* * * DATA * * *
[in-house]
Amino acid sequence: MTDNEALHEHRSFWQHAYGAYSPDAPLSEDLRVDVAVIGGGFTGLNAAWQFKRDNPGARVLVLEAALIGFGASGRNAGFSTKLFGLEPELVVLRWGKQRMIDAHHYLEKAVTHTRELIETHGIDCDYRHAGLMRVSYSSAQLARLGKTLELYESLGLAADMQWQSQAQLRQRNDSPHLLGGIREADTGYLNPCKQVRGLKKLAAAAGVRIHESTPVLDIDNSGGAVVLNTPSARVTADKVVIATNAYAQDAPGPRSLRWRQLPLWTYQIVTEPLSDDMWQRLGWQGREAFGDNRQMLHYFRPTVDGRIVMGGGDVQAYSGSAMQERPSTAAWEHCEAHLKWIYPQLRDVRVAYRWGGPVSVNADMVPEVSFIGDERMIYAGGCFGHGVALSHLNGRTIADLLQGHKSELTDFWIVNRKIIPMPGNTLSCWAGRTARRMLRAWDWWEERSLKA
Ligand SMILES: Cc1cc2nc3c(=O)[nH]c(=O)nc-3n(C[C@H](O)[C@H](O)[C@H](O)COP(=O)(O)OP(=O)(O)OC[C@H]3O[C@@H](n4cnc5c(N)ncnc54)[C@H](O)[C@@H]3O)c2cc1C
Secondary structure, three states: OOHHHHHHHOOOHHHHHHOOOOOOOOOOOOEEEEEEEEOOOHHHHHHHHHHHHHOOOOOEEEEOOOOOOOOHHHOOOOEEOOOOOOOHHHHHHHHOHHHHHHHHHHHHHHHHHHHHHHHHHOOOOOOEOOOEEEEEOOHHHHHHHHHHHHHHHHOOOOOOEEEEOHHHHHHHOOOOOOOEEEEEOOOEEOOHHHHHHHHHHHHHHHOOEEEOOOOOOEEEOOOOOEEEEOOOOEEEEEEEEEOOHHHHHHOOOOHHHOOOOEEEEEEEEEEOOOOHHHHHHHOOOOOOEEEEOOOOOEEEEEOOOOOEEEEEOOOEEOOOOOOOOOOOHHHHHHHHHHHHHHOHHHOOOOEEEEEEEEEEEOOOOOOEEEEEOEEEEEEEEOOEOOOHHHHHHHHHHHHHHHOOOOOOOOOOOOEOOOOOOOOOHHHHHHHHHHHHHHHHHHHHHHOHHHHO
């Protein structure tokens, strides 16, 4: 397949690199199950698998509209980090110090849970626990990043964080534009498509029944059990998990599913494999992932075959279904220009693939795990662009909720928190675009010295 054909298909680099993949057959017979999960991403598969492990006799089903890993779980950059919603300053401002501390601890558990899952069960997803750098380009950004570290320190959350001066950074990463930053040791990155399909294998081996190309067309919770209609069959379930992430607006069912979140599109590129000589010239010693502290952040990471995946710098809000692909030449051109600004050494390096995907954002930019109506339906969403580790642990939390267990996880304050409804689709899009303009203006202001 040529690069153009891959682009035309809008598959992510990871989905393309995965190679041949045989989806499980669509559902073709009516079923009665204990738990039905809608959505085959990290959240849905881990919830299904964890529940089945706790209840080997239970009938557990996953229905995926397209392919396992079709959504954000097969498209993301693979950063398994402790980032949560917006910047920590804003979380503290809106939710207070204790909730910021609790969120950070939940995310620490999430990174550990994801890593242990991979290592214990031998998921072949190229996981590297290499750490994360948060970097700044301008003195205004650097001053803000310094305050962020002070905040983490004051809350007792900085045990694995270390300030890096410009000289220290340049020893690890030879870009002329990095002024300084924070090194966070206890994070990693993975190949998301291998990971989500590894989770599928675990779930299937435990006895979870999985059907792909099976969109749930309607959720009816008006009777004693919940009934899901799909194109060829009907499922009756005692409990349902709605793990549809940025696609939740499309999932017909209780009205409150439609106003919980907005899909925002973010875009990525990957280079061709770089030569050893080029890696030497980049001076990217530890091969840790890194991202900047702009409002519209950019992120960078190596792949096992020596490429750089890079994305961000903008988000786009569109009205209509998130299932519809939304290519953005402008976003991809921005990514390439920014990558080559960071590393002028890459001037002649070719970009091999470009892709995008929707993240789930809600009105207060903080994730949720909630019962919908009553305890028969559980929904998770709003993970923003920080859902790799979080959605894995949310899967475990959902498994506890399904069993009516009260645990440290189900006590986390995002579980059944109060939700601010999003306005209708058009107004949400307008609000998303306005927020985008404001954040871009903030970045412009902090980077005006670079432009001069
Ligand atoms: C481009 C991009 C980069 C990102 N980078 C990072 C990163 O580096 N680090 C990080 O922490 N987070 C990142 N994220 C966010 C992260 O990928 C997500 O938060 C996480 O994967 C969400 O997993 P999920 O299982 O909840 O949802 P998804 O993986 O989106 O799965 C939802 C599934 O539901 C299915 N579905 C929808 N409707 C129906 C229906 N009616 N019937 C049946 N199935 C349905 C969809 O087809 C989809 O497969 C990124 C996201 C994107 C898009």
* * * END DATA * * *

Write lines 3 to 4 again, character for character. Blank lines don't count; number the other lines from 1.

Ligand SMILES: Cc1cc2nc3c(=O)[nH]c(=O)nc-3n(C[C@H](O)[C@H](O)[C@H](O)COP(=O)(O)OP(=O)(O)OC[C@H]3O[C@@H](n4cnc5c(N)ncnc54)[C@H](O)[C@@H]3O)c2cc1C
Secondary structure, three states: OOHHHHHHHOOOHHHHHHOOOOOOOOOOOOEEEEEEEEOOOHHHHHHHHHHHHHOOOOOEEEEOOOOOOOOHHHOOOOEEOOOOOOOHHHHHHHHOHHHHHHHHHHHHHHHHHHHHHHHHHOOOOOOEOOOEEEEEOOHHHHHHHHHHHHHHHHOOOOOOEEEEOHHHHHHHOOOOOOOEEEEEOOOEEOOHHHHHHHHHHHHHHHOOEEEOOOOOOEEEOOOOOEEEEOOOOEEEEEEEEEOOHHHHHHOOOOHHHOOOOEEEEEEEEEEOOOOHHHHHHHOOOOOOEEEEOOOOOEEEEEOOOOOEEEEEOOOEEOOOOOOOOOOOHHHHHHHHHHHHHHOHHHOOOOEEEEEEEEEEEOOOOOOEEEEEOEEEEEEEEOOEOOOHHHHHHHHHHHHHHHOOOOOOOOOOOOEOOOOOOOOOHHHHHHHHHHHHHHHHHHHHHHOHHHHO